Parker, F., & Riley, K. (2005). Linguistics for non-linguists (4th ed.). Boston: Allyn and Bacon.
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Rosetta Stone. (2006) [Software]. Available from www.rosettastone.com
Shrock, K. (n.d.). Critical evaluation of a website: Secondary school level. Retrieved from http://school.discoveryeducation.com/schrockguide/evalhigh.html
Tallent-Runnels, M. K., Thomas, J. A., Lan, W. Y., Cooper, S., Ahern, T. C., Shaw, S. M., & Liu, X. (2006). Teaching courses online: A review of the research. Review of Educational Research, 76(1), 93-135.
Tapscott, D. (1998). Growing up digital: The rise of the net generation. New York: McGraw-Hill.
Teachers of English to Speakers of Other Languages. (2004). TESOL research agenda. Retrieved from http://www.tesol.org/s_tesol/seccss.asp?CID=236&DID=1708
Thomas, W.P., & Collier, V. P. (2002). A national study of school effectiveness for language minority students’ long-term academic achievement. Retrieved from the eScholarship Repository Web site: http://repositories.cdlib.org/crede/finalrpts/1_1_final/
Verdugo, D. R., & Belmonte, I., A. (2007). Using digital stories to improve listening comprehension with Spanish young learners of English. Language Learning and Technology, 11(1), 87-101
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1. Teaching ideas
2. Internet translation sites
3. Culture-specific information
4. Online dictionaries
5. An online source for idioms, sayings, and figures of speech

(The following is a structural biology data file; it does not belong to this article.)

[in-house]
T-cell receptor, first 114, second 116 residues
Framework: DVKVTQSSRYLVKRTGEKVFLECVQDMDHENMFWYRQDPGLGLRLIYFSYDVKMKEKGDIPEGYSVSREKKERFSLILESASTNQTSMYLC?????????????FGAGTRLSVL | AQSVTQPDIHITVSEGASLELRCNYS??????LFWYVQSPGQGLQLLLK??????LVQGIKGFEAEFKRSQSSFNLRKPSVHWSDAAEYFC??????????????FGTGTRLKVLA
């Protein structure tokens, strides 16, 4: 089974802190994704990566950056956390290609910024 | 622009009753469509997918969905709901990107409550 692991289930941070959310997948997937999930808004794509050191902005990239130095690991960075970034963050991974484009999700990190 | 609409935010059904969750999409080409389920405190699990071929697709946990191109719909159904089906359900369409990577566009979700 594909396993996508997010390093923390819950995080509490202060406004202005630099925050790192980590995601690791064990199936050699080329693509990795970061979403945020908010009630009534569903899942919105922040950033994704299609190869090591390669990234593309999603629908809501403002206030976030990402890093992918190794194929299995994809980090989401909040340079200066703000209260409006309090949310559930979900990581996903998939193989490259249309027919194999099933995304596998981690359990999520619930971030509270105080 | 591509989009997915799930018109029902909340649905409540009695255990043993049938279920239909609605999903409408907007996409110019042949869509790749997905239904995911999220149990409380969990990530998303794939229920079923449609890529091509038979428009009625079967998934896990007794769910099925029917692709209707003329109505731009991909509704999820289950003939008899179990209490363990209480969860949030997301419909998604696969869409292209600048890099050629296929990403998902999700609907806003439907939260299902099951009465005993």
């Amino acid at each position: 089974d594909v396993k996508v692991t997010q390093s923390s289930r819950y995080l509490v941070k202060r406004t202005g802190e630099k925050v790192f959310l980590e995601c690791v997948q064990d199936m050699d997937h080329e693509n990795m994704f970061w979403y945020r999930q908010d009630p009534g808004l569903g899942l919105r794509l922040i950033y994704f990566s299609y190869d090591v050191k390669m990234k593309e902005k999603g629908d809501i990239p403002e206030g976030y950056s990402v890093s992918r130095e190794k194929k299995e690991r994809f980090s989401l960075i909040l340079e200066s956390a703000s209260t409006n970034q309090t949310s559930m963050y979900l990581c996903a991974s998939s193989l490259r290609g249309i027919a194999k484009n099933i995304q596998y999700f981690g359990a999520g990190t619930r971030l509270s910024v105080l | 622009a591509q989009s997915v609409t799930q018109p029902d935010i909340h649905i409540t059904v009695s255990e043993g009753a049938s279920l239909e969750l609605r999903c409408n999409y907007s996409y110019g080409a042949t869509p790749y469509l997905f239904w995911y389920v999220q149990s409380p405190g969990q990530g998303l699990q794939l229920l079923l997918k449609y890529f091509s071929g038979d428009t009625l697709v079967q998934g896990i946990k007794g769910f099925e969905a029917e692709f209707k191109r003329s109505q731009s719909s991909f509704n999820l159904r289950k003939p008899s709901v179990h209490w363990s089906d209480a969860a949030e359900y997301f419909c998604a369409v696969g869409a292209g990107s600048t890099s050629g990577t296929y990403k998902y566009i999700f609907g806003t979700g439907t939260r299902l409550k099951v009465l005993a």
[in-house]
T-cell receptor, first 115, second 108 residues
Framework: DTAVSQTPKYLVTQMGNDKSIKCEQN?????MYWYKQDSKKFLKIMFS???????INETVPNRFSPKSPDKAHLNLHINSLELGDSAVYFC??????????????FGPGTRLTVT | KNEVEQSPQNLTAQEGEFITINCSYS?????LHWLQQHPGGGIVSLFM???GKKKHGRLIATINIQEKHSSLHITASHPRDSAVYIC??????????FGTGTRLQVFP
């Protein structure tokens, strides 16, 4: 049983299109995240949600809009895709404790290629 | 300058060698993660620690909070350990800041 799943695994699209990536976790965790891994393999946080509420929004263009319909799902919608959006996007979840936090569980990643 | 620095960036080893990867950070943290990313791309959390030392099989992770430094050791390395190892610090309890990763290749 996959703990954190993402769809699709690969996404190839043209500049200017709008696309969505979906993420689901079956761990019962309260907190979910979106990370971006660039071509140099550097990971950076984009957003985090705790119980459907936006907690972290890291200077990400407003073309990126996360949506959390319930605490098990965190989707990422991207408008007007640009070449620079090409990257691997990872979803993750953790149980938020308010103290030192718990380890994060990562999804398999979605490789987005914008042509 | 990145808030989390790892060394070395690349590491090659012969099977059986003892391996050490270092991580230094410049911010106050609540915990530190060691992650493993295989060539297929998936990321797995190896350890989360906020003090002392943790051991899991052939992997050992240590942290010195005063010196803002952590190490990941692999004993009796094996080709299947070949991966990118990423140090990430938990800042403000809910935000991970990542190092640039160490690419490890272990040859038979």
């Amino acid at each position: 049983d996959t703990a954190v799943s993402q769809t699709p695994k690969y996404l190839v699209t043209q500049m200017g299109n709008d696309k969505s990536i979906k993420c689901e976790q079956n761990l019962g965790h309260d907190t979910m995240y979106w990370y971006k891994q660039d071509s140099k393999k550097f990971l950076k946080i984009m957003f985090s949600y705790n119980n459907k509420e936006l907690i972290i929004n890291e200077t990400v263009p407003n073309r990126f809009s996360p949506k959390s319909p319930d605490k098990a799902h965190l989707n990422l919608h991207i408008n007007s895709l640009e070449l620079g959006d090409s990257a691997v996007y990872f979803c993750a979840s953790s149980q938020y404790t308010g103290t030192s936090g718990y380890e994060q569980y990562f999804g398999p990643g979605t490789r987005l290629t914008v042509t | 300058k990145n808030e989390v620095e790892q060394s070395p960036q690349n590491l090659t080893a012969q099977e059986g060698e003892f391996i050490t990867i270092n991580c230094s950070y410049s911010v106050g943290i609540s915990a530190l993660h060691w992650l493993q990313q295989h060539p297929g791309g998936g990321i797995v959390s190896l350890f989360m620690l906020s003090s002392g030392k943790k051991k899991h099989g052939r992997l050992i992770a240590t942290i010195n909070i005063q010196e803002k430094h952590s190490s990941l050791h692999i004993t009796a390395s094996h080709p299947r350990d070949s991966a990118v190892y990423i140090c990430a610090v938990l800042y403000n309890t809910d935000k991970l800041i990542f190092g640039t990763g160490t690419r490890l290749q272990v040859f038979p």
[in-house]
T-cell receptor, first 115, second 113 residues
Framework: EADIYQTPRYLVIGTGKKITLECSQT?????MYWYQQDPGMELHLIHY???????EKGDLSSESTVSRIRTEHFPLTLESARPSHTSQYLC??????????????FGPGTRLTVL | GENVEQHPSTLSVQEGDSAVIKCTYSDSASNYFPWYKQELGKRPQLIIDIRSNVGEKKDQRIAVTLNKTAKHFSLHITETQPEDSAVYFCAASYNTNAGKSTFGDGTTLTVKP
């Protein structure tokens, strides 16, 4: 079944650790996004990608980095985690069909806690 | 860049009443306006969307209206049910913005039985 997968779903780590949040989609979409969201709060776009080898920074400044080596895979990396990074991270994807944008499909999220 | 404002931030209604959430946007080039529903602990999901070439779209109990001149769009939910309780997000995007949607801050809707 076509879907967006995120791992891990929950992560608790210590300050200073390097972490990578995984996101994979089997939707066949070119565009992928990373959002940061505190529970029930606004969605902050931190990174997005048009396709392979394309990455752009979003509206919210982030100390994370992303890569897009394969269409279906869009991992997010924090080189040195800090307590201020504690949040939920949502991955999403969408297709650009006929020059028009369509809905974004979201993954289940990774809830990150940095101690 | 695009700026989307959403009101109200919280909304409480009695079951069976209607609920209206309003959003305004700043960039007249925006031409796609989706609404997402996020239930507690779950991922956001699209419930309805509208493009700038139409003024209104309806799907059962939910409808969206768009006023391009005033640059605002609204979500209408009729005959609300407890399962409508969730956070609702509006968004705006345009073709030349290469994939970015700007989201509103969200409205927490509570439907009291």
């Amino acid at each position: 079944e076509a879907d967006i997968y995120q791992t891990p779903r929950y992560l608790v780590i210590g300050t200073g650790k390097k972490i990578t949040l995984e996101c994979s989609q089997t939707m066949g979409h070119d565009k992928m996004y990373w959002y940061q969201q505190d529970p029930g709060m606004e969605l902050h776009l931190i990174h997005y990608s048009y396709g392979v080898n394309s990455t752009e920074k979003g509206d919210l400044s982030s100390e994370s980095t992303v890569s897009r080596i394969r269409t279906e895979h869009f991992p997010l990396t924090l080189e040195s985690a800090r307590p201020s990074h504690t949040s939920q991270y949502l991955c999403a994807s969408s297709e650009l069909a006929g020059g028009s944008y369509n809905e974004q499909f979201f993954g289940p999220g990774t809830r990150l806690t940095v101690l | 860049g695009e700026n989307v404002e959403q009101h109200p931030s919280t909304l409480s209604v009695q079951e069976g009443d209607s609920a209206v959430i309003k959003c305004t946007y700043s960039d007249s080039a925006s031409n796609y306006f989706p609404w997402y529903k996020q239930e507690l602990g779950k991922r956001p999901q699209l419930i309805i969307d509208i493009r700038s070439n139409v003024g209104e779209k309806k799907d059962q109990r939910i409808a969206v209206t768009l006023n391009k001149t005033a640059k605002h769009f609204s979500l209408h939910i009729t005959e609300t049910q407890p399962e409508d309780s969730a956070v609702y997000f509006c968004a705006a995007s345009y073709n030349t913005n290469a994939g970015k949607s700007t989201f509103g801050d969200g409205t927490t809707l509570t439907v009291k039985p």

6. Lesson plans, classroom resources, teaching tips
7. Lesson plans, classroom resources, games
1) Describe your English Language Learner (age, grade level, skills, and dispositions).
2) Describe your tutoring setting (time and place, e.g. library during lunch time 12-1pm; student’s home after school 5-6pm).
3) What were your student’s communicative needs and goals?
4) List key activities did you design to meet your student’s needs
5) How did the student respond to these activities? Be specific.
6) What strategies did you utilize to meet your student’s needs?
7) How did you assess the knowledge and skills your student gained from your tutoring?
8) What worked?
9) What did not work? Why?
10) What would you do differently next time? Suppose your tutoring continued, what would your future tutoring sessions with this student look like?
11) Please reflect on the overall tutoring experience. To what extent do you feel that you benefited from the experience, if at all? Explain.
1) How did the content of our lessons on second language theory and practice (discussions, lecture, group activities and projects, presentations, videos, demonstrations) inform your tutoring experience? Please provide a specific and detailed response.
2) What did you learn about second language acquisition from this course?
3) What issues were not at all or very briefly addressed that you would like to know more about?
4) What would you change about this course (the content or yourself as a learner)?